Chinese authorities are purging books that may lead to veneration of the West from school libraries, as the Chinese Communist Party stresses ideological education ahead of its centennial anniversary.
According to Nikkei Asia, the Ministry of Education issued an order to kindergartners, primary and secondary schools across the country to remove books that are against party ideology and policies, which took effect in early April.
Instead, schools will focus on titles related to the thoughts of Chinese President Xi Jinping. A middle school in Beijing filled its bookshelves with a collection of Xi’s speeches and documents, including “The Chinese Dream of the Great Rejuvenation of the Chinese Nation.” While some universities, such as the Zhejiang A & F University, founded new exhibitions to display collections of documents, books and memorabilia related to party history.
“The clear aim is to foster loyalty and devotion to Xi among the young ahead of the July 1 centennial of the Chinese Communist Party,” the article wrote.
Gulliver’s Travels, a masterpiece of satire, is among books that could be banned for being “scientifically incorrect.”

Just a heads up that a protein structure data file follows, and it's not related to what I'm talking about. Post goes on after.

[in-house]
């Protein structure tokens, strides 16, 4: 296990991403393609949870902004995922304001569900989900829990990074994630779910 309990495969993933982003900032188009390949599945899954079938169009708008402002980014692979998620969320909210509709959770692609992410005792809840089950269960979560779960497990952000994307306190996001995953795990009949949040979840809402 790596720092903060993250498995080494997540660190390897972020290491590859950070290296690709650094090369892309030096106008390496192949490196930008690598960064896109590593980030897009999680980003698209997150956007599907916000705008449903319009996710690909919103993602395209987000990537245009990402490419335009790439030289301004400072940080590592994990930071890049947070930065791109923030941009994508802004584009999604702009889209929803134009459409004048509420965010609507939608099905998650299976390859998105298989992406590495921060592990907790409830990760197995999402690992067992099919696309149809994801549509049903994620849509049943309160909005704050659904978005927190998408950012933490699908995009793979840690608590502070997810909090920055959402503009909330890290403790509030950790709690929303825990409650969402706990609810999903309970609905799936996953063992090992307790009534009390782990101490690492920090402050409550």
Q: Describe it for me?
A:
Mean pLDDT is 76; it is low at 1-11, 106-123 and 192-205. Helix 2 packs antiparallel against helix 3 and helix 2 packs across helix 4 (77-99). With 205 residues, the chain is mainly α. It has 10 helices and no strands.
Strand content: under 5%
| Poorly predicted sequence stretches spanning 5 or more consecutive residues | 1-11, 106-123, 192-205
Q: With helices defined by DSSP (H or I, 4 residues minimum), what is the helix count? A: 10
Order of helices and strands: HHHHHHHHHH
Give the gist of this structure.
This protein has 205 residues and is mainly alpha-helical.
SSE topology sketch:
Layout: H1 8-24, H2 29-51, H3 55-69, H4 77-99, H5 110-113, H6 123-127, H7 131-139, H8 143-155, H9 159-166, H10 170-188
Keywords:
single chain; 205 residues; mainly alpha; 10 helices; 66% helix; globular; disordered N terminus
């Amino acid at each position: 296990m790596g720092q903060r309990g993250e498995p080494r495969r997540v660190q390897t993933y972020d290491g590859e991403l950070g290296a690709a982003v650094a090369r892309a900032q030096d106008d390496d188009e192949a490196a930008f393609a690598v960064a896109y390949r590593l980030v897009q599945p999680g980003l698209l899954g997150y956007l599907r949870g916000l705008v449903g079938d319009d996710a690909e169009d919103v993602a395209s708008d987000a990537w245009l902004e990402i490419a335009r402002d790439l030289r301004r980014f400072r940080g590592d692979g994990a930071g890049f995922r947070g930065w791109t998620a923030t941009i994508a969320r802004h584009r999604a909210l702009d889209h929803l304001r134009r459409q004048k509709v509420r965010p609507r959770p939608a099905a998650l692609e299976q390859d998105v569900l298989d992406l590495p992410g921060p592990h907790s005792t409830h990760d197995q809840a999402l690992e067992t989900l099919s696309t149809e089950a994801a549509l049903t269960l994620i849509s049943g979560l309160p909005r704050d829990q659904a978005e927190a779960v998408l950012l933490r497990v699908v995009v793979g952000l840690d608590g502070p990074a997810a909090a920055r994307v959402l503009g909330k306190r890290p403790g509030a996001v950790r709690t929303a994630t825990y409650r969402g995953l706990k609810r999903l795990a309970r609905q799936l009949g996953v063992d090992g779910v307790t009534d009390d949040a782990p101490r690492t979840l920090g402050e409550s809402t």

“It’s become difficult to choose books for kids to read,” an elementary school teacher in Anhui Province told Nikkei Asia. If the authorities only allow books on certain topics, it will restrict students’ horizons and exposure, said Wong, a librarian at a Hong Kong primary school.
The Selected Works of Mao Ze-dong has also become a trending title. Sales of the book, which is a collection of written works by chairperson Mao, doubled and reached 54,000 in 2020. Netizens shared its quotes as well as their own reviews on Weibo.
The coronavirus pandemic and the mounting international pressure China faced left him feeling pessimistic and he only picked himself up by reading the book, one wrote.
According to Ho Pin, founder and CEO of Mirror Media Group, Chinese citizens are proud of the rapid development of the country’s economy and the government is taking the opportunity to promote the success of the party.
Demanding students to study books on Xi’s thoughts is one form of mental and spiritual control, to step up the worship of the Chinese leader, he added. If Chinese people are blinded by the country’s economic achievement and continue in individual worship, they will lose their motivation to learn from the rest of the world and will eventually fall behind once again, Ho warned.
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